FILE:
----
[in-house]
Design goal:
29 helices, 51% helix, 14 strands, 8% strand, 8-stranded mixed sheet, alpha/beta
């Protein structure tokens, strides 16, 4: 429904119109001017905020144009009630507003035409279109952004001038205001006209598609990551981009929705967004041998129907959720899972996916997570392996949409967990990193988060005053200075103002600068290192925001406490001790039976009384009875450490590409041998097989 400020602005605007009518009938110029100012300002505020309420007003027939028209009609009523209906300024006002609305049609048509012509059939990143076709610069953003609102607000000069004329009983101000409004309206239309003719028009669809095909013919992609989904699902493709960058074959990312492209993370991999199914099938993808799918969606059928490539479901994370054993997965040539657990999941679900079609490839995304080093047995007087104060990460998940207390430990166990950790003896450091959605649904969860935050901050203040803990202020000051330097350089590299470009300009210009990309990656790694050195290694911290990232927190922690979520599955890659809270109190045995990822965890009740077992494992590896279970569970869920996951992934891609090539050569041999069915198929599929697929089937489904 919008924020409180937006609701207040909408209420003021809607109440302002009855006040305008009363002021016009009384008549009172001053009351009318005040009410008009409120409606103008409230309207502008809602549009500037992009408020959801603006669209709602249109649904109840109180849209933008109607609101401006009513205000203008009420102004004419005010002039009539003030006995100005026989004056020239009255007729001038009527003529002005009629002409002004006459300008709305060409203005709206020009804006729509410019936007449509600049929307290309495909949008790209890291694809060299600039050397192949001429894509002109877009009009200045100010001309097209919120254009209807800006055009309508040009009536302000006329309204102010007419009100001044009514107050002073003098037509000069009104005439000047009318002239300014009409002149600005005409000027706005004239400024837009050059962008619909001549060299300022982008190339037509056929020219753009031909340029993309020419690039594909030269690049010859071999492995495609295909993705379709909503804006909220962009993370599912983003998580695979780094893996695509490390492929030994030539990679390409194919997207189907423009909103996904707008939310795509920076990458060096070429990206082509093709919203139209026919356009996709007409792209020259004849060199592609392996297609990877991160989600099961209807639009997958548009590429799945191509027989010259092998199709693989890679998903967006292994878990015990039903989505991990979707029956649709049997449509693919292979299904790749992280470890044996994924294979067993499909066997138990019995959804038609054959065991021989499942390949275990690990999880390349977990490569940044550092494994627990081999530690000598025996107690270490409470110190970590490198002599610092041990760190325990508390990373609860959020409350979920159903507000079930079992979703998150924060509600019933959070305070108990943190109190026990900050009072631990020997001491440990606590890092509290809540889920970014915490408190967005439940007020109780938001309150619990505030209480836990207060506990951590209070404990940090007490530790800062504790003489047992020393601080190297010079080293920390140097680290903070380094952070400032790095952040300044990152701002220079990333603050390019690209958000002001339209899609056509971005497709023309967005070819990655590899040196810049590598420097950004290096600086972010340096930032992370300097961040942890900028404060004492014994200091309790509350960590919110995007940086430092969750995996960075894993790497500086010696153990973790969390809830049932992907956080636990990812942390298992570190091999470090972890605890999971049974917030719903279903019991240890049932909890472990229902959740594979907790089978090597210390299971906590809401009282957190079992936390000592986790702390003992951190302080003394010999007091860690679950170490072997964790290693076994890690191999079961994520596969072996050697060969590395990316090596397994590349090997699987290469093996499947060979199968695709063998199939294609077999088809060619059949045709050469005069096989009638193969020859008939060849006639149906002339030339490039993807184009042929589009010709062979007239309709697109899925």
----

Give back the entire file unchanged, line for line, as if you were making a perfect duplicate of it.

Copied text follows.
[in-house]
Design goal:
29 helices, 51% helix, 14 strands, 8% strand, 8-stranded mixed sheet, alpha/beta
């Protein structure tokens, strides 16, 4: 429904119109001017905020144009009630507003035409279109952004001038205001006209598609990551981009929705967004041998129907959720899972996916997570392996949409967990990193988060005053200075103002600068290192925001406490001790039976009384009875450490590409041998097989 400020602005605007009518009938110029100012300002505020309420007003027939028209009609009523209906300024006002609305049609048509012509059939990143076709610069953003609102607000000069004329009983101000409004309206239309003719028009669809095909013919992609989904699902493709960058074959990312492209993370991999199914099938993808799918969606059928490539479901994370054993997965040539657990999941679900079609490839995304080093047995007087104060990460998940207390430990166990950790003896450091959605649904969860935050901050203040803990202020000051330097350089590299470009300009210009990309990656790694050195290694911290990232927190922690979520599955890659809270109190045995990822965890009740077992494992590896279970569970869920996951992934891609090539050569041999069915198929599929697929089937489904 919008924020409180937006609701207040909408209420003021809607109440302002009855006040305008009363002021016009009384008549009172001053009351009318005040009410008009409120409606103008409230309207502008809602549009500037992009408020959801603006669209709602249109649904109840109180849209933008109607609101401006009513205000203008009420102004004419005010002039009539003030006995100005026989004056020239009255007729001038009527003529002005009629002409002004006459300008709305060409203005709206020009804006729509410019936007449509600049929307290309495909949008790209890291694809060299600039050397192949001429894509002109877009009009200045100010001309097209919120254009209807800006055009309508040009009536302000006329309204102010007419009100001044009514107050002073003098037509000069009104005439000047009318002239300014009409002149600005005409000027706005004239400024837009050059962008619909001549060299300022982008190339037509056929020219753009031909340029993309020419690039594909030269690049010859071999492995495609295909993705379709909503804006909220962009993370599912983003998580695979780094893996695509490390492929030994030539990679390409194919997207189907423009909103996904707008939310795509920076990458060096070429990206082509093709919203139209026919356009996709007409792209020259004849060199592609392996297609990877991160989600099961209807639009997958548009590429799945191509027989010259092998199709693989890679998903967006292994878990015990039903989505991990979707029956649709049997449509693919292979299904790749992280470890044996994924294979067993499909066997138990019995959804038609054959065991021989499942390949275990690990999880390349977990490569940044550092494994627990081999530690000598025996107690270490409470110190970590490198002599610092041990760190325990508390990373609860959020409350979920159903507000079930079992979703998150924060509600019933959070305070108990943190109190026990900050009072631990020997001491440990606590890092509290809540889920970014915490408190967005439940007020109780938001309150619990505030209480836990207060506990951590209070404990940090007490530790800062504790003489047992020393601080190297010079080293920390140097680290903070380094952070400032790095952040300044990152701002220079990333603050390019690209958000002001339209899609056509971005497709023309967005070819990655590899040196810049590598420097950004290096600086972010340096930032992370300097961040942890900028404060004492014994200091309790509350960590919110995007940086430092969750995996960075894993790497500086010696153990973790969390809830049932992907956080636990990812942390298992570190091999470090972890605890999971049974917030719903279903019991240890049932909890472990229902959740594979907790089978090597210390299971906590809401009282957190079992936390000592986790702390003992951190302080003394010999007091860690679950170490072997964790290693076994890690191999079961994520596969072996050697060969590395990316090596397994590349090997699987290469093996499947060979199968695709063998199939294609077999088809060619059949045709050469005069096989009638193969020859008939060849006639149906002339030339490039993807184009042929589009010709062979007239309709697109899925």